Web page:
The Villain Believes in "Reality"
It seems like a long time ago—pre-Trump, pre-Obama—but I remember vividly when Vice President Dick Cheney declared in the wake of 9/11 that to counter the threat of terrorism the U.S. was now going to have to start “working the dark side.”
Cheney articulated this thought with barely-suppressed glee. I remember thinking at the time, “Wow, this guy is the ultimate movie villain,” not just because he was expressing a classic Dr. No/Dr. Evil/Dr. Strangelove sentiment but because his point of view contains more than a modicum of truth.
I’ve always wished that Dick Cheney would write a book. Not the typical self-serving, bullshit politician’s book but a straight-ahead, from-the-heart articulation of his brass-knuckles worldview.
Why? Because that worldview contains a lot of truth.
We should hear it.
We as Americans should debate it.
What I’m getting at is the “this is reality” school of villainy.
In Three Days of the Condor, Cliff Robertson plays senior CIA officer J. Higgins whose secret war plan for the U.S. to invade Saudi Arabia and capture its oil fields has been exposed by the movie’s hero, Joseph Turner (Robert Redford).
Does Cliff react with regret or shame over his nefarious deeds? (His operatives have also murdered seven Americans to cover up their scheme). Hell no. He doubles down.
It’s simple economics. Today it’s oil, right? In ten or fifteen years, food. Plutonium. Maybe even sooner. Now, what do you think the people are gonna want us to do then?
Not now—then! Ask ’em when they’re running out. Ask ’em when there’s no heat in their homes and they’re cold. Ask ’em when their engines stop. Ask ’em when people who have never known hunger start going hungry. You wanna know something? They won’t want us to ask ’em. They’ll just want us to get it for ’em!
Boy, have you found a home.
Cliff remains unfazed. His position: “This is Reality. This is the way the world works. Only sentimentalists and weak-minded dreamers believe otherwise.”
How many villain speeches have begun with this phrase:
Oh come, come, Mister Bond …
How about his exchange from an interview between Bill O’Reilly and Donald Trump? O’Reilly was questioning Trump’s often-stated admiration for Russian president Vladimir Putin.
But he’s a killer!
There are a lot of killers. You think our country’s so innocent?
Villains love “reality,” i.e. the hardball view of the world, which declares that human nature is inherently evil, that left to their own devices people will always choose the selfish, the vain, and the expedient.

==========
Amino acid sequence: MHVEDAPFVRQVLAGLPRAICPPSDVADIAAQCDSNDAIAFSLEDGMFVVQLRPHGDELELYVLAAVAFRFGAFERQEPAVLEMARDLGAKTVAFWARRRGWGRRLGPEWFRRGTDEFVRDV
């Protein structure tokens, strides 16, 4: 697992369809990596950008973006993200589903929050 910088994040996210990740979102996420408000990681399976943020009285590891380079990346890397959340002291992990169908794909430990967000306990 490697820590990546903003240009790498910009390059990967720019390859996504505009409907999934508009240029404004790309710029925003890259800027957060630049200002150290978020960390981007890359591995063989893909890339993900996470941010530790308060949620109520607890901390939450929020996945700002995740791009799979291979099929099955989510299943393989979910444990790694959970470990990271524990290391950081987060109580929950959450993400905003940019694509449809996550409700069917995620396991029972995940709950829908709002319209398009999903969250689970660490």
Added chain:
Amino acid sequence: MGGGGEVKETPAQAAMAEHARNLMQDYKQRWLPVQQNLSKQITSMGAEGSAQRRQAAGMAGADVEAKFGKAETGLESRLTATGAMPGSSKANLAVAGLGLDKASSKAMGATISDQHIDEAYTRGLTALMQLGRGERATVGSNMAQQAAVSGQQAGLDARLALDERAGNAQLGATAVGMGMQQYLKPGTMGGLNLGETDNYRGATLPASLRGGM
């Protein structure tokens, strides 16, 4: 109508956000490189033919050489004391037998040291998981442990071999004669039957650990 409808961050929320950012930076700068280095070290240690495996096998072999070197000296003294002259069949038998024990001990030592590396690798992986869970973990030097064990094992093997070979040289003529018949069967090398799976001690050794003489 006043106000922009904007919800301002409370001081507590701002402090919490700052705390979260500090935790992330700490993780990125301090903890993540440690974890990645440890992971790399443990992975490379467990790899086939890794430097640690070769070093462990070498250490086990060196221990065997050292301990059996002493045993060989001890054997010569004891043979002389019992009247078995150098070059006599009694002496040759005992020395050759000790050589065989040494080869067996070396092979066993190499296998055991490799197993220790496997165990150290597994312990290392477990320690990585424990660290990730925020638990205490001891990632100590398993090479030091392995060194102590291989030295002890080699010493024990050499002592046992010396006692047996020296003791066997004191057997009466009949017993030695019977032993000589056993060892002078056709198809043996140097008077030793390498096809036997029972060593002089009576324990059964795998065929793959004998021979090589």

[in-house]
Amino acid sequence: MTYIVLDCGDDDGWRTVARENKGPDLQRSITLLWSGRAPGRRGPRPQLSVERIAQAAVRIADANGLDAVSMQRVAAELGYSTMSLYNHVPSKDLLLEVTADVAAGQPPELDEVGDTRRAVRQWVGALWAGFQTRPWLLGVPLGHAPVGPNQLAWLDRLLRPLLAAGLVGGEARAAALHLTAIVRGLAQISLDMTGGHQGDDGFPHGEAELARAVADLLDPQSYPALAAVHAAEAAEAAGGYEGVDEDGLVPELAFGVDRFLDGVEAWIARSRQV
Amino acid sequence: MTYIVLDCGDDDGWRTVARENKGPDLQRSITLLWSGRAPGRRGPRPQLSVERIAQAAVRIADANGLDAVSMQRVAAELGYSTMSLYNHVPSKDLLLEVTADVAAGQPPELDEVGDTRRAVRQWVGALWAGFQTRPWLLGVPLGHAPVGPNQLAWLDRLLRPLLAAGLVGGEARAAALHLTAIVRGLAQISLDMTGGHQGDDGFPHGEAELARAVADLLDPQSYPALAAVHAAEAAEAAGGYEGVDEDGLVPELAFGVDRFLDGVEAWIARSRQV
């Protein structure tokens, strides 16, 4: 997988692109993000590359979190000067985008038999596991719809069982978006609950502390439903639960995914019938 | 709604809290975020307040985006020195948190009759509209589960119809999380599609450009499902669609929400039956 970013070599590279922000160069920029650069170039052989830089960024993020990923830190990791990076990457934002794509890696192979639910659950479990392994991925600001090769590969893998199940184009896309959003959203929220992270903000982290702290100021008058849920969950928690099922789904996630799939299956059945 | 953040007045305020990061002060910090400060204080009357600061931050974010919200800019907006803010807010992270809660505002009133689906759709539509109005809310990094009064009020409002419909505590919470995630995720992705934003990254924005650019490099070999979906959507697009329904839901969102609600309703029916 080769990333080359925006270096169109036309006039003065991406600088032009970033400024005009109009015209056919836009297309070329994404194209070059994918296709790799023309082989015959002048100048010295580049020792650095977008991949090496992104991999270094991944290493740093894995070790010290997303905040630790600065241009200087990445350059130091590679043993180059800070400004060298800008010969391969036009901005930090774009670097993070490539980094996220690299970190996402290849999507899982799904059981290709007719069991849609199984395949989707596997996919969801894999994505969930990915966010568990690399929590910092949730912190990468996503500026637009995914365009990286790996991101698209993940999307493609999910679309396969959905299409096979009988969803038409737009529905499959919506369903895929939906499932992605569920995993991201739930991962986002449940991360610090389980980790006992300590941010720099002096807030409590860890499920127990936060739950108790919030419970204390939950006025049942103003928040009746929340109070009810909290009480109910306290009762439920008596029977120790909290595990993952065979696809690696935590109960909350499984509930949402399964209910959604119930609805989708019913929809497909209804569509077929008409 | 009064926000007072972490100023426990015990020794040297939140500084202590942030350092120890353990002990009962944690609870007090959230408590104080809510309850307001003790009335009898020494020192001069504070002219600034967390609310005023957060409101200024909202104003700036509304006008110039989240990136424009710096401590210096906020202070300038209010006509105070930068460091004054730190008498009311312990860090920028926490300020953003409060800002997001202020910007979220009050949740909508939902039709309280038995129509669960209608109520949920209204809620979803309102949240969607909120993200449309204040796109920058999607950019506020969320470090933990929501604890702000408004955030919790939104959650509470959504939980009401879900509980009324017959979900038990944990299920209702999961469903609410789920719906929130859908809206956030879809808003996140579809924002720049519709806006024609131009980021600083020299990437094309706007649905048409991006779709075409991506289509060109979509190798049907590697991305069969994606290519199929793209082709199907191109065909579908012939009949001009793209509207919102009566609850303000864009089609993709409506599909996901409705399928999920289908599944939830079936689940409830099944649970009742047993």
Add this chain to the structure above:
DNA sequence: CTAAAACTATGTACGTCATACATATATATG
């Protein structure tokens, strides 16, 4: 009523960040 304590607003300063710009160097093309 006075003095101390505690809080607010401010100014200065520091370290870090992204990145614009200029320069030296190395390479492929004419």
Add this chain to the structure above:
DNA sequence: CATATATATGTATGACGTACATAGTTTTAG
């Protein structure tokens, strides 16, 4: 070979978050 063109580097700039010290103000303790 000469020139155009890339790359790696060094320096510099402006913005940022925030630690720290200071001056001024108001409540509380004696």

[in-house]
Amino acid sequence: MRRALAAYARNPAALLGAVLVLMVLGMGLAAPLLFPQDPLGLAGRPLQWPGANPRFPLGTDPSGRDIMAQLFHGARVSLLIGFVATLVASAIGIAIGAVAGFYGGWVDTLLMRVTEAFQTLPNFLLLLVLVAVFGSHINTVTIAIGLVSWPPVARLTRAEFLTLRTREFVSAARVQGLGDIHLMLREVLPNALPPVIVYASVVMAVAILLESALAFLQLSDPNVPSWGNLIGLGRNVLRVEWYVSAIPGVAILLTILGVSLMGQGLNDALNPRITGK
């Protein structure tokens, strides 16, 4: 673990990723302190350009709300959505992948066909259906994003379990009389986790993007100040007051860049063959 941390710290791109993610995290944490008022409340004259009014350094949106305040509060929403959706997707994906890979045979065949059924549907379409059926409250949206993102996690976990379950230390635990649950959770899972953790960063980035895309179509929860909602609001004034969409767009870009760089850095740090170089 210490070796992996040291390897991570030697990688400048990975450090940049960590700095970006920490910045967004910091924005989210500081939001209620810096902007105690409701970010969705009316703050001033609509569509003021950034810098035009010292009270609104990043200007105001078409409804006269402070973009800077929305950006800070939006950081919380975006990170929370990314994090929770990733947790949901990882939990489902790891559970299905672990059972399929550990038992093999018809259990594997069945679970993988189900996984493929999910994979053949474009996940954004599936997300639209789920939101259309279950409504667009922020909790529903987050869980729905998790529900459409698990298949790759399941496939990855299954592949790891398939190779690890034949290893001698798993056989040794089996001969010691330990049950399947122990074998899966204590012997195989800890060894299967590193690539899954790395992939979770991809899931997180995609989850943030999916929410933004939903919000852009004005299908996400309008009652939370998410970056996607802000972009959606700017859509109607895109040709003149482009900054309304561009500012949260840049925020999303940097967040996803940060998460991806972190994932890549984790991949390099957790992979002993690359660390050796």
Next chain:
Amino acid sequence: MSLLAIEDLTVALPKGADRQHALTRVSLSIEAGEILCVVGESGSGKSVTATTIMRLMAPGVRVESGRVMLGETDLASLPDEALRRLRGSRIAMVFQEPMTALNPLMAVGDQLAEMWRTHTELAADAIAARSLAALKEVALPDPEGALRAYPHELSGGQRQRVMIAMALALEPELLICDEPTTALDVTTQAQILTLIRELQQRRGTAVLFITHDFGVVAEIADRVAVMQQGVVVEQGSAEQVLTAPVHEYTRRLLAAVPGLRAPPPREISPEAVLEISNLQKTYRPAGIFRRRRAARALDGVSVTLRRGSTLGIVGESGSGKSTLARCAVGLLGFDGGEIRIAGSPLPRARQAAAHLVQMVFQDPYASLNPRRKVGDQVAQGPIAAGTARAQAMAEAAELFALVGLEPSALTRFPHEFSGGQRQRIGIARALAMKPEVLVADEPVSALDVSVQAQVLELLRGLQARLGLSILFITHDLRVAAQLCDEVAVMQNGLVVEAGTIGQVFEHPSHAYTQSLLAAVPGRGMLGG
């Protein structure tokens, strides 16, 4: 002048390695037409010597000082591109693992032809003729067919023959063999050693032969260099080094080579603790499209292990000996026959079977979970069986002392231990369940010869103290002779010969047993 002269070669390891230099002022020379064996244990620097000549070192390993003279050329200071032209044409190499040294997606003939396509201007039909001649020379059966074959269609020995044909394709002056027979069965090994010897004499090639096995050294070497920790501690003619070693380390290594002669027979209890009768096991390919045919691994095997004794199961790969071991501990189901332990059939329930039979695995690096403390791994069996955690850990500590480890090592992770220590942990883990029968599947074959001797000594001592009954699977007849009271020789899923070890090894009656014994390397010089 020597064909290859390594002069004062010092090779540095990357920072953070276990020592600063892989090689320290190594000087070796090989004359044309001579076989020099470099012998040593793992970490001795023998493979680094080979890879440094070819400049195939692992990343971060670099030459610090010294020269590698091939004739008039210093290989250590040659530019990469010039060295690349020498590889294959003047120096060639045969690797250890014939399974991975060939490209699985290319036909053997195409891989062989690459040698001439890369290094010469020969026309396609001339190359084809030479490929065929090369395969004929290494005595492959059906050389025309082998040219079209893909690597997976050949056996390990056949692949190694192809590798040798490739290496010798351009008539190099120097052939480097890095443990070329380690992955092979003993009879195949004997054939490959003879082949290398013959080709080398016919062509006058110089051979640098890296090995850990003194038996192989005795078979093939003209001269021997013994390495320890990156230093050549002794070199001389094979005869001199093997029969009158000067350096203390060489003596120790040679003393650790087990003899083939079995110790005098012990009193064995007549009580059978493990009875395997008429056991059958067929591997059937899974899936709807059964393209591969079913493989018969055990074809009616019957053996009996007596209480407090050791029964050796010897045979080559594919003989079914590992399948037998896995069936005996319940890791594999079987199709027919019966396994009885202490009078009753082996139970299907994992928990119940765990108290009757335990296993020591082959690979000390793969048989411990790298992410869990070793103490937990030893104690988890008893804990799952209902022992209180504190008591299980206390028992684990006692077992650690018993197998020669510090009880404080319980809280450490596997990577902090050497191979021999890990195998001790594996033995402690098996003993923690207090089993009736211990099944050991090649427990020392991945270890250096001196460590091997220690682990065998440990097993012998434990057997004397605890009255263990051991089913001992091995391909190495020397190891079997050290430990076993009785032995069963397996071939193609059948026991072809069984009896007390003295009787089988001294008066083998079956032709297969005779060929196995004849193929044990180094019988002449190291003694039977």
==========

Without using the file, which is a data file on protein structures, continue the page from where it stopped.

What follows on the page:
It is their role, the villains claim, to counter humanity’s innate wickedness. They will take it upon themselves to act preemptively to quash this evil for the greater good of the slumbering masses. Here’s Jack Nicholson, from Aaron Sorkin’s A Few Good Men:
Son, we live in a world that has walls, and those walls have to be guarded by men with guns. Who’s gonna do it? You? I have a greater responsibility than you could possibly fathom. You weep for Santiago, and you curse the Marines. You have that luxury. You have the luxury of not knowing what I know. That Santiago’s death, while tragic, probably saved lives. And my existence, while grotesque and incomprehensible to you, saves lives. You don’t want the truth because deep down in places you don’t talk about at parties, you want me on that wall, you need me on that wall. We use words like honor, code, loyalty. We use these words as the backbone of a life spent defending something. You use them as a punchline. I have neither the time nor the inclination to explain myself to a man who rises and sleeps under the blanket of the very freedom that I provide, and then questions the manner in which I provide it. I would rather you just said thank you, and went on your way, Otherwise, I suggest you pick up a weapon, and stand a post. Either way, I don’t give a damn what you think you are entitled to.
Remember what we said in an earlier post, that the villain doesn’t think he’s the villain?
To these “reality villains,” the believer in progress or human good is a self-deluded fool. Worse, he is a clear and present danger to the survival of the greater clan/community/nation.
Is there truth to this?
Does the arc of the moral universe bend toward justice, as Martin Luther King said?
Or was MLK, for all his greatness, deluding himself and the world with a dream that, however brave and kind and noble, will, given the reality of human nature, never come true?
Reality to a reality-villain is always zero-sum, dog-eat-dog. It is the world described by Thomas Hobbes in his book, Leviathan, where life without an externally-ordered structure would be
solitary, poor, nasty, brutish, and short.
Is that reality?
Is he or she who believes this a villain or a hero?